Sir Christopher headed a seven-month inquiry into MPs' expenses
Standards watchdog Sir Christopher Kelly has said MPs must stop employing relatives if people are to be persuaded that expenses have been "cleaned up".
He told the Northern Ireland Assembly it was "essential" the system was free from any appearance of abuse.
More than 200 MPs employ relatives but Sir Christopher's inquiry last year recommended the practice be phased out.
Some spouses have said they may launch a legal challenge against any effort to ban them from working for MPs.
Sir Christopher - whose committee on standards in public life carried out a seven-month inquiry into MPs' expenses last year - was appearing before Northern Ireland's standards and privileges committee.
He recommended in November that MPs be banned from employing relatives.
But it is for another body, the Independent Parliamentary Standards Authority, to decide which proposals to take forward.
Its head, Sir Ian Kennedy, has said he believes using family as staff should be banned but has invited other views in consultation on Sir Christopher's proposals.
Sir Christopher told the assembly on Wednesday that the practice should end - pointing out it was stopping in Scotland, at the US House of Representatives and the European Parliament.
He said: "Unless and until that happens I don't think that the Westminster Parliament will be able to feel, and to demonstrate, that the arrangements for supporting MPs are being completely cleaned up.
"And I think that it is absolutely essential now that in Westminster people should be able to demonstrate that the expenses system has been completely overhauled and is free not just from any abuse but from any appearance of abuse as well."
He said there had been claims the ruling fell foul of various forms of legislation but he had received legal advice that there would be a "perfectly adequate defence" to that.
And, while he accepted that many spouses worked beyond what would be expected from other staff members, he said there was a widespread presumption that politicians "can't be trusted" and in no other profession - with the partial exception of GPs - was it considered appropriate to employ relatives at public expense.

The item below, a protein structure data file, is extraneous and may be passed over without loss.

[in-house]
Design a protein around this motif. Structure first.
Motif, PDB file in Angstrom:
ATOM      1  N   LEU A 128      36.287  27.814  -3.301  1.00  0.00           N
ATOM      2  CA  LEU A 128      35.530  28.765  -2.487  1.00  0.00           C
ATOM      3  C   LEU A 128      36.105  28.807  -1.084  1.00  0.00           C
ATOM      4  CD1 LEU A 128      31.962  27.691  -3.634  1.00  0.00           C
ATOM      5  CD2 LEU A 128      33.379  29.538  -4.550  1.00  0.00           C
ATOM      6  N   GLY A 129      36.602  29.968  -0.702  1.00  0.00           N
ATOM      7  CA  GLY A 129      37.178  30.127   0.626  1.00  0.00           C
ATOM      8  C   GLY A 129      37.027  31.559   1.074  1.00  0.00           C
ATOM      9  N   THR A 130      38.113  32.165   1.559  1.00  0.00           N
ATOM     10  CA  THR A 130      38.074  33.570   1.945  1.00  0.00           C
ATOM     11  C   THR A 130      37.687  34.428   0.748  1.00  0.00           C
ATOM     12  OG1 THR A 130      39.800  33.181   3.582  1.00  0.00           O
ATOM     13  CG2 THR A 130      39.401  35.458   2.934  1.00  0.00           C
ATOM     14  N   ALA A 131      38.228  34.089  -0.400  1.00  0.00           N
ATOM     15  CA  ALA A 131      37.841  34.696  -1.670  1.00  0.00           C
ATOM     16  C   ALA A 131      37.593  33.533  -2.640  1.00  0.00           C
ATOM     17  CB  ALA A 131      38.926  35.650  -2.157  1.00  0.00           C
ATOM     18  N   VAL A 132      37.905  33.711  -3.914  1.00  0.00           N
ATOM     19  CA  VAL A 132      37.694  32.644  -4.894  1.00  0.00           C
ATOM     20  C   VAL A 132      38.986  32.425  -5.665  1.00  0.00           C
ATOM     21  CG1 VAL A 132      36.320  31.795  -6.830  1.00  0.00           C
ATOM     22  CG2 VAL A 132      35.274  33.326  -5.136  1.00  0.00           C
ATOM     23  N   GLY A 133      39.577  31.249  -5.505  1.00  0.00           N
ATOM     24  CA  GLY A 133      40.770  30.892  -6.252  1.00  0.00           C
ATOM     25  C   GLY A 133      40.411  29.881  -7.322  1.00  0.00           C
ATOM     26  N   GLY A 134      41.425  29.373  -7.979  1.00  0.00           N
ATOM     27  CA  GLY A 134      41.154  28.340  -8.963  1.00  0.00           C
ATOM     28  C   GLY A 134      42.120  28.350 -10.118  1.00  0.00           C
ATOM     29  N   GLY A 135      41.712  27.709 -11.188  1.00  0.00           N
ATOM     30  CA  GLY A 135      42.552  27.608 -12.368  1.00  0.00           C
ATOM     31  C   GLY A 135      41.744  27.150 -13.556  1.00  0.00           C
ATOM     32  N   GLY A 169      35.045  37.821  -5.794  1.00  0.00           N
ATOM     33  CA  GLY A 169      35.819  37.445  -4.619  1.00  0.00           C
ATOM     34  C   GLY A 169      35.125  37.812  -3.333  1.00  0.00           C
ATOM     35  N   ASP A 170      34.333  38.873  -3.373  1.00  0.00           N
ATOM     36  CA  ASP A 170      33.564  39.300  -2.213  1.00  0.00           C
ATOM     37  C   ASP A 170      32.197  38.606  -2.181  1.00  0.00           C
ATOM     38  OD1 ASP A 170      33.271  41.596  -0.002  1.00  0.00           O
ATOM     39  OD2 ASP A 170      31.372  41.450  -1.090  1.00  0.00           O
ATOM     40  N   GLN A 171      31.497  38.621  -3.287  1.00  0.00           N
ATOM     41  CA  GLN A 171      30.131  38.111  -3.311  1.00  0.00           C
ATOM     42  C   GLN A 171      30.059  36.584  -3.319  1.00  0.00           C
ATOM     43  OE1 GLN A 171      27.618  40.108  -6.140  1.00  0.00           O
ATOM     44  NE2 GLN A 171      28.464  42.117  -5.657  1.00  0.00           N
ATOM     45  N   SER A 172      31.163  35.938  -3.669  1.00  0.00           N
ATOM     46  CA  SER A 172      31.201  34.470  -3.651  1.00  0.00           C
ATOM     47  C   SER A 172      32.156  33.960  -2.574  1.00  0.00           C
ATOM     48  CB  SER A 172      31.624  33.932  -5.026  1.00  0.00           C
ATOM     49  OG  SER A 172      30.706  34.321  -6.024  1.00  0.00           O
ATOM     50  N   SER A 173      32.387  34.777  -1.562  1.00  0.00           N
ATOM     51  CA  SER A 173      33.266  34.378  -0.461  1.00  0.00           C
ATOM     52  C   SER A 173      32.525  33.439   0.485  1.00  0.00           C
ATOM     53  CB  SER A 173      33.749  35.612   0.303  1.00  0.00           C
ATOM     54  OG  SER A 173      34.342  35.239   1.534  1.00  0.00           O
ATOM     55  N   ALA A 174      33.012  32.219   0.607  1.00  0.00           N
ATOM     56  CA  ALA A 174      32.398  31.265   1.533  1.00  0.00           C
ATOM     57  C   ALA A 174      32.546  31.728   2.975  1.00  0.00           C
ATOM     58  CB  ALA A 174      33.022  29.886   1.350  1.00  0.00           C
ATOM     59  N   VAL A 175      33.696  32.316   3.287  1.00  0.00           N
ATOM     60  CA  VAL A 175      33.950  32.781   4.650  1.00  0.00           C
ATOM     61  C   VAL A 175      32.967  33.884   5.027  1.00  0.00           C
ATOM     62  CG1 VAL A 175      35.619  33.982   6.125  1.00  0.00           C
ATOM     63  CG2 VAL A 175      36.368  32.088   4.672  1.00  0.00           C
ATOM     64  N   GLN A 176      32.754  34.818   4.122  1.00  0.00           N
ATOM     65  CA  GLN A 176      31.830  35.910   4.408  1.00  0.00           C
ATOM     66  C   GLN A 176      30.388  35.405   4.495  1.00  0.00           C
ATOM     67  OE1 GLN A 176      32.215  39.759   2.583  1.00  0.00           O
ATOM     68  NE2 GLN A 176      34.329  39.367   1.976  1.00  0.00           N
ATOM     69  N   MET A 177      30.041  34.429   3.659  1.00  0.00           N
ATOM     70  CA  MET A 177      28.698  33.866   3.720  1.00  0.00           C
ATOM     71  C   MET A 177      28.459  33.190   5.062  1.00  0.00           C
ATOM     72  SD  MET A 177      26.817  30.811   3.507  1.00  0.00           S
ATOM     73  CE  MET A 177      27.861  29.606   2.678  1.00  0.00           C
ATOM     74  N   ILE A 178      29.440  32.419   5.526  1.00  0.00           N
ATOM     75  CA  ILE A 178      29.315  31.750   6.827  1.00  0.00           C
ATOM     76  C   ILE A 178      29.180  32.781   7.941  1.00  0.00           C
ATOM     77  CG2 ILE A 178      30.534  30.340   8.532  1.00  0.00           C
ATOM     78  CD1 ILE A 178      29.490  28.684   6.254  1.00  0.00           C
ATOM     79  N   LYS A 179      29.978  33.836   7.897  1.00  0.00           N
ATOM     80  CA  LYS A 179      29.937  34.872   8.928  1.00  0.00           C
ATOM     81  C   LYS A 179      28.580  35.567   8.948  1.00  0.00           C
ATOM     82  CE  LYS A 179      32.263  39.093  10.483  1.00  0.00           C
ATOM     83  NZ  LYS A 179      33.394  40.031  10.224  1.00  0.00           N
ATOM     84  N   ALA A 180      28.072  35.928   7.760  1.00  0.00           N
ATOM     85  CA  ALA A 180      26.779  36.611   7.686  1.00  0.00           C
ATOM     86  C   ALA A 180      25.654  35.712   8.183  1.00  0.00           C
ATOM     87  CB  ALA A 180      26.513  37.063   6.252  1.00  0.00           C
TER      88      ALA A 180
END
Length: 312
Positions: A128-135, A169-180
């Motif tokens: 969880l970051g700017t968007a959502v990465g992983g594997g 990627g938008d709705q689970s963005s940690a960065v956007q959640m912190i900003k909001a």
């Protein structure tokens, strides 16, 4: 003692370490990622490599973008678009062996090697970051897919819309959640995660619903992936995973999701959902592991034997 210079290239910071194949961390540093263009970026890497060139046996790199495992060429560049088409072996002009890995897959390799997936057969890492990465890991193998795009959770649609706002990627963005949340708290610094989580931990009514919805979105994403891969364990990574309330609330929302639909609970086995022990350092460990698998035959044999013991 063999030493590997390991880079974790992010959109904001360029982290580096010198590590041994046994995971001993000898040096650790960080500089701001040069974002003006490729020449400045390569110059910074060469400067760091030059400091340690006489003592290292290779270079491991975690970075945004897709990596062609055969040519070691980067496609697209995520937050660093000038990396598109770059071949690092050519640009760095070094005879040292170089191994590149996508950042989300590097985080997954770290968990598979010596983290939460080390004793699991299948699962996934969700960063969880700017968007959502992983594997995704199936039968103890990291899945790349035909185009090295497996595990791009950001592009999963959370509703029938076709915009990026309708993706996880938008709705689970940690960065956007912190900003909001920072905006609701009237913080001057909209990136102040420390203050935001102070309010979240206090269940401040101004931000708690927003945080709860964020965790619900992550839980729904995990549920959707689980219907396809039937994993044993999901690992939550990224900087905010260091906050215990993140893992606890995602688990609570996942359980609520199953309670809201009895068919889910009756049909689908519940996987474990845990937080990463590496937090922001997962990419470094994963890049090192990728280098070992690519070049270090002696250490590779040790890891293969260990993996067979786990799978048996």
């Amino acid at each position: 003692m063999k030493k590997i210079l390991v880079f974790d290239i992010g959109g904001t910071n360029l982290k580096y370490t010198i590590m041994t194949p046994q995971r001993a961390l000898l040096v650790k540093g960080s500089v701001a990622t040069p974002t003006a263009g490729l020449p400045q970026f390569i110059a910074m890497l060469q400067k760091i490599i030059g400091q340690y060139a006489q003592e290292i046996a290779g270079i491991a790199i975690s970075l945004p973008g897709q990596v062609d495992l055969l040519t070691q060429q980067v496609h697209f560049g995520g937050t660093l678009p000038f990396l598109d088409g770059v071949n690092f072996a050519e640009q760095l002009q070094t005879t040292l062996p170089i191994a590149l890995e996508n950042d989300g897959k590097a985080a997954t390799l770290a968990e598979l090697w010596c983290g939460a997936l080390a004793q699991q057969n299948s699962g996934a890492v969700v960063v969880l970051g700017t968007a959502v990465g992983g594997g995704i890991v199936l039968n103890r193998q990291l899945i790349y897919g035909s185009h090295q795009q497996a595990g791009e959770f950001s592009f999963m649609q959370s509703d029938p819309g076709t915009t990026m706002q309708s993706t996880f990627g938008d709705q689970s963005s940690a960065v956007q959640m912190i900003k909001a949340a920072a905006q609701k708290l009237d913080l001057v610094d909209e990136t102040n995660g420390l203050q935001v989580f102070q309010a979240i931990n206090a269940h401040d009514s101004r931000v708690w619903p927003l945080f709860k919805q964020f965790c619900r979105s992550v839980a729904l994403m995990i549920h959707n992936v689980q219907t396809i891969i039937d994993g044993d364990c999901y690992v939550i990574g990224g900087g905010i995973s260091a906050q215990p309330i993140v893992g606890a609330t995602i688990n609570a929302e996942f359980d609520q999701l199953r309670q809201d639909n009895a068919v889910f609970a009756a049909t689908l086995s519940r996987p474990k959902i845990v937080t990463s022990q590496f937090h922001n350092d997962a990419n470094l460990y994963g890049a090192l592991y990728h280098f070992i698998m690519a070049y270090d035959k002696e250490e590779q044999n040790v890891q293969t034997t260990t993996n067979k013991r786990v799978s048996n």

The Northern Ireland Assembly is looking at setting up its own standards commissioner.
Sir Christopher recommended whoever it was be given powers to carry out investigations without a formal complaint being made. He made a similar recommendation for Westminster's standards commissioner, John Lyon.
People did not always understand why, when there were allegations flying around in the newspapers, politicians were not being investigated, he said.
Asked how a commissioner could determine whether to begin an investigation, Sir Christopher said that, in the case of media stories, he or she could contact the journalist in question and ask what evidence they had.
Then they could decide whether there was a "prima facie" case or whether it was just "malicious gossip" - in which case he or she could make a public statement saying "there was nothing of substance to support the allegation".
Sir Christopher said it was a "great shame" that blameless MPs had been tarnished by the expenses scandal, but there "were many people who must have known that the expenses system was flawed" and who stood aside and were therefore "guilty of going along with a flawed system".